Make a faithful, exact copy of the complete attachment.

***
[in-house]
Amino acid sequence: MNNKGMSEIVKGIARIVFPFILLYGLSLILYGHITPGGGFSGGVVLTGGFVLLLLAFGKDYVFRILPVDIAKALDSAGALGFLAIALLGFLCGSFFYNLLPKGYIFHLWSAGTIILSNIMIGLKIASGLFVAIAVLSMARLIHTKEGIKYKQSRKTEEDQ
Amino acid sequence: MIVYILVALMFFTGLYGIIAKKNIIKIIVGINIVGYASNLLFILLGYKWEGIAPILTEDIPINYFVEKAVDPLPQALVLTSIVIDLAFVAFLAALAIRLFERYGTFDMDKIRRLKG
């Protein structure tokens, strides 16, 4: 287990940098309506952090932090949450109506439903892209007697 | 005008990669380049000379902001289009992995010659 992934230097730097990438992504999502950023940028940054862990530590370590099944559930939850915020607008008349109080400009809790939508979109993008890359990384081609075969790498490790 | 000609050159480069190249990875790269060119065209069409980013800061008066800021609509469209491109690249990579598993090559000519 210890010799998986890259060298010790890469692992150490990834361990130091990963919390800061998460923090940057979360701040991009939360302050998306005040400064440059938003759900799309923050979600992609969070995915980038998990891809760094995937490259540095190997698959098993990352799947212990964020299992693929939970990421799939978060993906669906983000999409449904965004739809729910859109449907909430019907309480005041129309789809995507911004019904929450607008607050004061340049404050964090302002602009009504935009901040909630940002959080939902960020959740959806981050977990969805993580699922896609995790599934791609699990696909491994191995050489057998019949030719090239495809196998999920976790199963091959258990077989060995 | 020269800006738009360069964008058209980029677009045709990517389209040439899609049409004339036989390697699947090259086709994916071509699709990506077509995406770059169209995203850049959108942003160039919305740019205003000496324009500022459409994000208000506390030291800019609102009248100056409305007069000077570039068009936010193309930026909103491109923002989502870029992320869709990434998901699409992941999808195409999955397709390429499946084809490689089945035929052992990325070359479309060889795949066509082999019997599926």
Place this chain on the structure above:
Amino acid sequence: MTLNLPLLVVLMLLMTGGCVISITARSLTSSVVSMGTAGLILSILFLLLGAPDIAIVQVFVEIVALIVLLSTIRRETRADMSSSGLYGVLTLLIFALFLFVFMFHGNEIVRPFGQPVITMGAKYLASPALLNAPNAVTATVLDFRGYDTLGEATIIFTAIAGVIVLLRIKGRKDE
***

[in-house]
Amino acid sequence: MNNKGMSEIVKGIARIVFPFILLYGLSLILYGHITPGGGFSGGVVLTGGFVLLLLAFGKDYVFRILPVDIAKALDSAGALGFLAIALLGFLCGSFFYNLLPKGYIFHLWSAGTIILSNIMIGLKIASGLFVAIAVLSMARLIHTKEGIKYKQSRKTEEDQ
Amino acid sequence: MIVYILVALMFFTGLYGIIAKKNIIKIIVGINIVGYASNLLFILLGYKWEGIAPILTEDIPINYFVEKAVDPLPQALVLTSIVIDLAFVAFLAALAIRLFERYGTFDMDKIRRLKG
């Protein structure tokens, strides 16, 4: 287990940098309506952090932090949450109506439903892209007697 | 005008990669380049000379902001289009992995010659 992934230097730097990438992504999502950023940028940054862990530590370590099944559930939850915020607008008349109080400009809790939508979109993008890359990384081609075969790498490790 | 000609050159480069190249990875790269060119065209069409980013800061008066800021609509469209491109690249990579598993090559000519 210890010799998986890259060298010790890469692992150490990834361990130091990963919390800061998460923090940057979360701040991009939360302050998306005040400064440059938003759900799309923050979600992609969070995915980038998990891809760094995937490259540095190997698959098993990352799947212990964020299992693929939970990421799939978060993906669906983000999409449904965004739809729910859109449907909430019907309480005041129309789809995507911004019904929450607008607050004061340049404050964090302002602009009504935009901040909630940002959080939902960020959740959806981050977990969805993580699922896609995790599934791609699990696909491994191995050489057998019949030719090239495809196998999920976790199963091959258990077989060995 | 020269800006738009360069964008058209980029677009045709990517389209040439899609049409004339036989390697699947090259086709994916071509699709990506077509995406770059169209995203850049959108942003160039919305740019205003000496324009500022459409994000208000506390030291800019609102009248100056409305007069000077570039068009936010193309930026909103491109923002989502870029992320869709990434998901699409992941999808195409999955397709390429499946084809490689089945035929052992990325070359479309060889795949066509082999019997599926």
Place this chain on the structure above:
Amino acid sequence: MTLNLPLLVVLMLLMTGGCVISITARSLTSSVVSMGTAGLILSILFLLLGAPDIAIVQVFVEIVALIVLLSTIRRETRADMSSSGLYGVLTLLIFALFLFVFMFHGNEIVRPFGQPVITMGAKYLASPALLNAPNAVTATVLDFRGYDTLGEATIIFTAIAGVIVLLRIKGRKDE